The past few weeks Peanut has shown some resistance to my homeschool preschool agenda. I’m slowly understanding, through her, the importance of letting her learn at her own pace. I’m finding out what it means, as a parent (and as her proposed educator) to just let go, and let her be. To TRUST that she is indeed learning. I do not offer any direction, suggestion, or instruction when is comes to her art, unless she asks. She is learning. To let her play and explore on her own, are the best gifts that I can give her. She is only 3 after all. And she is learning.
It doesn’t really matter if she mixes the paint colors together, smushes my only paint brush, uses 20 sheets of paper, and leaves a gigantic mess in the bathroom sink…right after it was cleaned. She is learning. Who am I to stop her, push her in another direction, and ridicule her over waste and mess?
She is learning. She is learning. She is learning! I refuse to miss the importance of this!
The past weeks have issued a lot of routine, ordinary days, and the establishment of normal. We all cherish the opportunity to settle in. With each passing day, we are more comfortable, make more friends, and find new activities to enhance our lives.
The children love to go on outings throughout the town. Many times we have no particular destination, but we all enjoy the social aspect of being out and about. It’s so easy to do that here, where pretension is unheard of. It’s the kind of place where everyone looks up at you, to say “Hola” and offer a warm smile. It’s a small village, and we have been obnoxiously recognizable since we arrived…But, it is nice that now the townspeople are also becoming familiar to us.
While we strive to assimilate with the locals, we have been pleasantly surprised to find a large group of expats here, mostly retirees from The States, Canada, and Europe. These like-minded folks have been a breath of fresh air. They have all been so kind, welcoming, and supporting of our transition here.
Her painted rocks & shells
My sketch of the “Agua Mala”, a tiny bue jellyfish that we see here.
In fact, last week we attended an art group, that is hosted by a retired American couple who live right across the street. Even our 3-year-old was welcomed to participate, and she hasn’t stopped talking about it since. She didn’t mind at all that she was the only kid, she was just thrilled to find a place to create outside the home. I thoroughly enjoyed it myself, to sit alongside my daughter, each of us immersed in separate projects, yet “together”in every sense. And from the perspective of both Mommy and Artist, it is exactly the type of outlet I have needed for the past 10 years.. and especially in the past 4 since the kids arrived. I never imagined in my wildest dreams, that I would find this HERE… and now?!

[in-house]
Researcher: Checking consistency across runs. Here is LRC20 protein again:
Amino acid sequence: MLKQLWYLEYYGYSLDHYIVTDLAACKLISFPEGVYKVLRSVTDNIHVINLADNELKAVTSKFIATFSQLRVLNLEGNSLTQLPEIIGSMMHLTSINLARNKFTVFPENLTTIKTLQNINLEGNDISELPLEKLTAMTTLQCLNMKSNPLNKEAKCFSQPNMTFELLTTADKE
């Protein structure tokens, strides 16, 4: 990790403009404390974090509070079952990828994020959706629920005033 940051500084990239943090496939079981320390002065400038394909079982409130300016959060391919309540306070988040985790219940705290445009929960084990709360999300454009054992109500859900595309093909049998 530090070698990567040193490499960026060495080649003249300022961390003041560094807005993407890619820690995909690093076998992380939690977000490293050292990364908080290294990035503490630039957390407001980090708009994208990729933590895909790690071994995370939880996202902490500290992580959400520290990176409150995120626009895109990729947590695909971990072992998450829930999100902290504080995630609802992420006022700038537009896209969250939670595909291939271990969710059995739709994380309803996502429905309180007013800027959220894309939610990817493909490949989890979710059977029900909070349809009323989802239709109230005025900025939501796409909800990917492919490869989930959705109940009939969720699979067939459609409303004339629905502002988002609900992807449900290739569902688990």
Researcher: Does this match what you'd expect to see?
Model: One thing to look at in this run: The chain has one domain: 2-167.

Hopefully that it isn’t becoming too redundant for me to say so, but we are have found a community to thrive in & we are so happy!
Another wonderful art project to benefit the earthquake victims. These artists are painting stunning scenes onto actual pieces of rubble that have been collected from earthquake debris sites.
They are being sold for no profit to the artists, but to raise money for victims of the earthquake.
Just another wonderful example of the good hearts of Ecuadorians and an incredible testament to the importance of art in this culture.
These are the paintings that our kids made at home this week with their Art Activity.
I call it “Rock Art”.
We placed 2 sheets of paper in the bottom of a plastic bin. Then we put in 3 dabs of paint in primary colors (yellow, blue, and red). Then we tossed in a handful of rocks and shook them around. When we didn’t get the effect we wanted, we sprayed water on the paper and paint with a spray bottle.
The experiment was to learn what colors are created when the primary colors are mixed. We were were aiming for Purple (red + blue), Green (blue + yellow), and Orange (yellow + red).
We were pleasantly surprised when we also got a bit of teal and brown!
The kids say: Learning is FUN! 😀
There is an artist, by the name of Edison “Javier” Santacruz, who is traveling around to many of the areas effected by the earthquake.
He is a friend of my husband’s and we have learned about his mission and had the opportunity the capture this photo before he began one of the paintings.
He is a graffiti artist and he is a part of this incredible project called “Art on the Rubble”. He and a few other painters on his team are helping the community to heal.
With so many homes being demolished, the painters are on a mission to bring beauty to the rubble.
We had seen and posted photos of a few of his murals, prior to the earthquake and even before we knew of him or that he had painted them.
Our admiration for his talent began long before we learned of the goodness of his heart. Javier is an accomplished painter and has previously been commissioned to paint murals throughout the community, including for the Natural History Museum.
However, we believe that this project is coming to life through no monetary compensation, and only out of the desire to bring joy and beauty to the community.
A painting on the remaining walls of a fallen building.
There are many, many more murals than I have photos of. It seems to us that at least 1 mural per day is being completed.
I’m looking forward to visiting the area again soon (with my better camera), as I’m sure there are hundreds of these paintings available now.